Relevant space

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Relevant Space refers to a market research methodology developed to overcome the shortcomings of traditional brand tracking and brand choice techniques. Crafted by researchers at Cisco Systems (Bryan Maach and Engeli Gagni) and Directions Research Inc. [1] (Dennis Q. Murphy and Robert Kushner) in June 2005, the approach is based on Eric Marder's[2] pioneering Brand Choice modeling work and integrates the concepts of Seenu Srinavasan's[3] Adaptive Self Explicated choice model and Kevin Keller’s work concerning points of parity and differentiation.

In the Relevant Space approach, respondents are asked to isolate, from an extensive list, the attributes most germane to their decision making within a given product category. Next, respondents are asked to identify up to five brands with which they are most familiar. The resulting matrix is a set of personalized questions fixed upon attributes that matter to them and brands that they know.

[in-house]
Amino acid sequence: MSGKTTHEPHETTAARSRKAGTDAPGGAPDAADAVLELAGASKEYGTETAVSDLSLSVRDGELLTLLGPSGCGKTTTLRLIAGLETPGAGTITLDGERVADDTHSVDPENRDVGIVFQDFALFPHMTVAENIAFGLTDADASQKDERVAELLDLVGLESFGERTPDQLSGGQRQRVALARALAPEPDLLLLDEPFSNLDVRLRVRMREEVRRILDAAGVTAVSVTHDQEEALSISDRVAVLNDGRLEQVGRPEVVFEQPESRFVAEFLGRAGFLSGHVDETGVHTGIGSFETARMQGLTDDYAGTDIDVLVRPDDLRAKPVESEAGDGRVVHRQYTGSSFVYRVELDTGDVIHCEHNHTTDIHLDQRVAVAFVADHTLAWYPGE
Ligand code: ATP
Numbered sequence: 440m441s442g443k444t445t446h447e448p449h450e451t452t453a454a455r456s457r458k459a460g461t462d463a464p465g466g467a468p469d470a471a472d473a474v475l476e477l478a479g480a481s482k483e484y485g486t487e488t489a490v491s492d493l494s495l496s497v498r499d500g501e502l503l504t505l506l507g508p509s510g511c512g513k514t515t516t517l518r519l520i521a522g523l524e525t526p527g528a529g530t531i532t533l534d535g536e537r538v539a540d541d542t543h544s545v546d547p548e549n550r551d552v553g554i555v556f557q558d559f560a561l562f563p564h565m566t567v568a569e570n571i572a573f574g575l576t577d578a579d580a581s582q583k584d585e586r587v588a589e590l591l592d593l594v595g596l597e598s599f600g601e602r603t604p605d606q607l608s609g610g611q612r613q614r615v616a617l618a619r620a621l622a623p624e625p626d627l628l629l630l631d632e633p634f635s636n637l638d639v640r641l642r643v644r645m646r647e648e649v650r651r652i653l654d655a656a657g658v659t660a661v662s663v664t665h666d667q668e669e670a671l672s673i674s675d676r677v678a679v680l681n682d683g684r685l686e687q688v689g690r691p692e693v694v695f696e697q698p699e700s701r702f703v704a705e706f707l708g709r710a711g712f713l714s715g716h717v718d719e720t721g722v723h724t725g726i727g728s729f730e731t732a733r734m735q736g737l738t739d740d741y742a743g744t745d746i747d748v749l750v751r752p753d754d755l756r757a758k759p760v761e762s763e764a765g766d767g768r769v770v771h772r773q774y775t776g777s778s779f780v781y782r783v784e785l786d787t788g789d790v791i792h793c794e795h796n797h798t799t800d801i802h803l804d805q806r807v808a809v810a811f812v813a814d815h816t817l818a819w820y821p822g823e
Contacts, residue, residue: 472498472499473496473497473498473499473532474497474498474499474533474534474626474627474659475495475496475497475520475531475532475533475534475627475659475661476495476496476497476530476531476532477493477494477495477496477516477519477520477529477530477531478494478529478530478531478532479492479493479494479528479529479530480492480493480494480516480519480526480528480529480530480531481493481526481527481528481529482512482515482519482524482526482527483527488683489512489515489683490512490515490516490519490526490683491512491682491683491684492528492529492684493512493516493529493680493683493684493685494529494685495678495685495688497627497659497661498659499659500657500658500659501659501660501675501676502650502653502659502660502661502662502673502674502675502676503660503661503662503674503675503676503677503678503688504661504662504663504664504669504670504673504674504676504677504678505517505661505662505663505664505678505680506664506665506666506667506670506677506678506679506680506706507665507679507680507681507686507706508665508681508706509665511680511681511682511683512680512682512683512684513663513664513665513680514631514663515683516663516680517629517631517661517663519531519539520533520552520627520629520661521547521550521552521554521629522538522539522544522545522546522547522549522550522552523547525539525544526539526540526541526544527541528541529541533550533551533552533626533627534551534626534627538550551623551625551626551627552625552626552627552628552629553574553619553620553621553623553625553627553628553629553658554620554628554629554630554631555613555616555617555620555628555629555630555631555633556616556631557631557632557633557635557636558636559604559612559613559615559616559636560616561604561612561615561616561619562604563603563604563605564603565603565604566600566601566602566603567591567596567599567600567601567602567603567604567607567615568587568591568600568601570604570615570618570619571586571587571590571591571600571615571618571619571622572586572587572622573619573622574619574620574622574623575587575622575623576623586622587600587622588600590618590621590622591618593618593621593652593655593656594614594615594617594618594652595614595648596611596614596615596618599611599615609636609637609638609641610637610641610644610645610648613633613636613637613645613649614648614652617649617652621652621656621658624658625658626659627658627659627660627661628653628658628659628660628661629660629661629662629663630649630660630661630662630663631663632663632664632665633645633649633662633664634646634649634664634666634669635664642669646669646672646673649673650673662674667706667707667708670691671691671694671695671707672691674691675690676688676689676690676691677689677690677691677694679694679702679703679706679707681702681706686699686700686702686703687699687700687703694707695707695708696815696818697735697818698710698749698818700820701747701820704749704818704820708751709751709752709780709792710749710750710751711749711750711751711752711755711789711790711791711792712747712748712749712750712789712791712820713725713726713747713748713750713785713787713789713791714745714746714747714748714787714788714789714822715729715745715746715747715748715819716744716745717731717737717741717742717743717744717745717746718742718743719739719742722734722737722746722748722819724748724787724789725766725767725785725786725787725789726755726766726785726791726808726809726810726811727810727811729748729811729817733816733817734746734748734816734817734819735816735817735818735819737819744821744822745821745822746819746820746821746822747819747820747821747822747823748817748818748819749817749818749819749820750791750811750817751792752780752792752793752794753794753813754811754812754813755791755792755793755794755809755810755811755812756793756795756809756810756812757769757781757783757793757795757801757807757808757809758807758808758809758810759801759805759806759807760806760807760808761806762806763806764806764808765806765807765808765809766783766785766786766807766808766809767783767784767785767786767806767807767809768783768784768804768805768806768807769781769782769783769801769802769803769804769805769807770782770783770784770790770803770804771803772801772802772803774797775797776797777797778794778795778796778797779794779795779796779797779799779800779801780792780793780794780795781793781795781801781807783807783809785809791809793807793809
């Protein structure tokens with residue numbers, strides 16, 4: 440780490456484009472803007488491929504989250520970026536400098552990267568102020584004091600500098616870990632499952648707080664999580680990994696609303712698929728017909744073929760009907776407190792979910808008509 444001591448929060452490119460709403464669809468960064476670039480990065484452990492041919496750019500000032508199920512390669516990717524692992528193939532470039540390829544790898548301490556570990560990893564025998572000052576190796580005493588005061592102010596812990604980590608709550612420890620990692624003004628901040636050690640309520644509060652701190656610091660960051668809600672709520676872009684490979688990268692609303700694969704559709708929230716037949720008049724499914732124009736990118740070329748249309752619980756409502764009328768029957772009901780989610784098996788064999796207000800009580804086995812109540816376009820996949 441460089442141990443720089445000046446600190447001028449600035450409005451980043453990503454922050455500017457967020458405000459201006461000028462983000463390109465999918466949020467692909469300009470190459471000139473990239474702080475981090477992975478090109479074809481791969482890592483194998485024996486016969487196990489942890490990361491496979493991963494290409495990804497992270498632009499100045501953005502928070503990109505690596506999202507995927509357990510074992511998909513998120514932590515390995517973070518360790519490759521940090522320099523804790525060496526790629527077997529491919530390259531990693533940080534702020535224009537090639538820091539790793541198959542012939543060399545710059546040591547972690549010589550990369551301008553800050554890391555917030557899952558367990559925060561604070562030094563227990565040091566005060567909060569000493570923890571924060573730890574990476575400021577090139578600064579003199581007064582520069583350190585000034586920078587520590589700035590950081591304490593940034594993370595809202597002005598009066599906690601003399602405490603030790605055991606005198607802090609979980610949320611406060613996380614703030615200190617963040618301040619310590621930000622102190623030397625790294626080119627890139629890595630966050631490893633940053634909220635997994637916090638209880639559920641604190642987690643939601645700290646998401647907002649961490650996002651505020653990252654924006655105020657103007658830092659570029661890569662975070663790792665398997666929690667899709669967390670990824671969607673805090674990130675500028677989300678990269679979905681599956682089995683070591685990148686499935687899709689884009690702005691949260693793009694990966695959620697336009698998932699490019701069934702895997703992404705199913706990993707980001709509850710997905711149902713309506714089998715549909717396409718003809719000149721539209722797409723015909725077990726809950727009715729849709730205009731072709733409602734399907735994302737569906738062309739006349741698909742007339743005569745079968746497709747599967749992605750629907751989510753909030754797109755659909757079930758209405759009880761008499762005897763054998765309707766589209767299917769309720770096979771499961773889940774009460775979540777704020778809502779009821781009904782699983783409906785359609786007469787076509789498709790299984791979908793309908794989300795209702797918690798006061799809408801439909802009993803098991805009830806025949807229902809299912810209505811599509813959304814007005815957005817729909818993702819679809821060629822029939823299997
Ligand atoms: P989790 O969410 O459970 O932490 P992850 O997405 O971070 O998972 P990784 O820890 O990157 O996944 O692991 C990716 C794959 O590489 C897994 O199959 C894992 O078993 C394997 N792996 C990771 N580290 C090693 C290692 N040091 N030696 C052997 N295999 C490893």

When stated importance ratings are combined with a constant sum choice exercise (i.e., the unity of both stated and derived importance), the method answers not only what attributes are important, but how they are important. Individual brands can then be plotted relative to their competitive standing, yielding actionable insight for brand managers and product developers.

Though relatively new, the Relevant Space methodology has proven to be a useful tool in understanding how customers view and make decisions in a competitive context. Like any research design, the approach has constraints and delimiters that require careful fitting to the business questions at hand.

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